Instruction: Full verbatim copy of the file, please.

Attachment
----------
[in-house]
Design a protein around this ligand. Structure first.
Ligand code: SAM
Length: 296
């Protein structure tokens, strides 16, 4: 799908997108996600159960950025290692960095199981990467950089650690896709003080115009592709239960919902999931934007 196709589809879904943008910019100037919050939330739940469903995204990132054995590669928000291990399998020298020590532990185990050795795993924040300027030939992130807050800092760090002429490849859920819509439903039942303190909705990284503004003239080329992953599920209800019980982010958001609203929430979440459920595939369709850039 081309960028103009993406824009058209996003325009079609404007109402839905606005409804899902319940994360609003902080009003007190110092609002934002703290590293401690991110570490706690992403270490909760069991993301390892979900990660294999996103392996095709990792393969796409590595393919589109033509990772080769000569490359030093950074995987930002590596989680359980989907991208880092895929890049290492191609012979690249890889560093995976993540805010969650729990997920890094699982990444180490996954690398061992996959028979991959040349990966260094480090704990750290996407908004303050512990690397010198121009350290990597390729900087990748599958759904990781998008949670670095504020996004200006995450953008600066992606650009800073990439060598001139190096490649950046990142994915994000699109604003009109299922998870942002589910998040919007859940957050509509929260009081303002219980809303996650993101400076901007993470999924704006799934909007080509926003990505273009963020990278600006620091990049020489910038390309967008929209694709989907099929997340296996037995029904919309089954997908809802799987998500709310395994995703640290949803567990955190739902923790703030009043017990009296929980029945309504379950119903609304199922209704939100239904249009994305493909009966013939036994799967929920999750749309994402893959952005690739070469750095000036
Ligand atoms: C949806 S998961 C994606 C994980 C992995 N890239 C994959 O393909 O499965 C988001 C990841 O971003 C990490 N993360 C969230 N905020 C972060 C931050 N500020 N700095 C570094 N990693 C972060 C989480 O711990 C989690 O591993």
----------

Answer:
[in-house]
Design a protein around this ligand. Structure first.
Ligand code: SAM
Length: 296
């Protein structure tokens, strides 16, 4: 799908997108996600159960950025290692960095199981990467950089650690896709003080115009592709239960919902999931934007 196709589809879904943008910019100037919050939330739940469903995204990132054995590669928000291990399998020298020590532990185990050795795993924040300027030939992130807050800092760090002429490849859920819509439903039942303190909705990284503004003239080329992953599920209800019980982010958001609203929430979440459920595939369709850039 081309960028103009993406824009058209996003325009079609404007109402839905606005409804899902319940994360609003902080009003007190110092609002934002703290590293401690991110570490706690992403270490909760069991993301390892979900990660294999996103392996095709990792393969796409590595393919589109033509990772080769000569490359030093950074995987930002590596989680359980989907991208880092895929890049290492191609012979690249890889560093995976993540805010969650729990997920890094699982990444180490996954690398061992996959028979991959040349990966260094480090704990750290996407908004303050512990690397010198121009350290990597390729900087990748599958759904990781998008949670670095504020996004200006995450953008600066992606650009800073990439060598001139190096490649950046990142994915994000699109604003009109299922998870942002589910998040919007859940957050509509929260009081303002219980809303996650993101400076901007993470999924704006799934909007080509926003990505273009963020990278600006620091990049020489910038390309967008929209694709989907099929997340296996037995029904919309089954997908809802799987998500709310395994995703640290949803567990955190739902923790703030009043017990009296929980029945309504379950119903609304199922209704939100239904249009994305493909009966013939036994799967929920999750749309994402893959952005690739070469750095000036
Ligand atoms: C949806 S998961 C994606 C994980 C992995 N890239 C994959 O393909 O499965 C988001 C990841 O971003 C990490 N993360 C969230 N905020 C972060 C931050 N500020 N700095 C570094 N990693 C972060 C989480 O711990 C989690 O591993």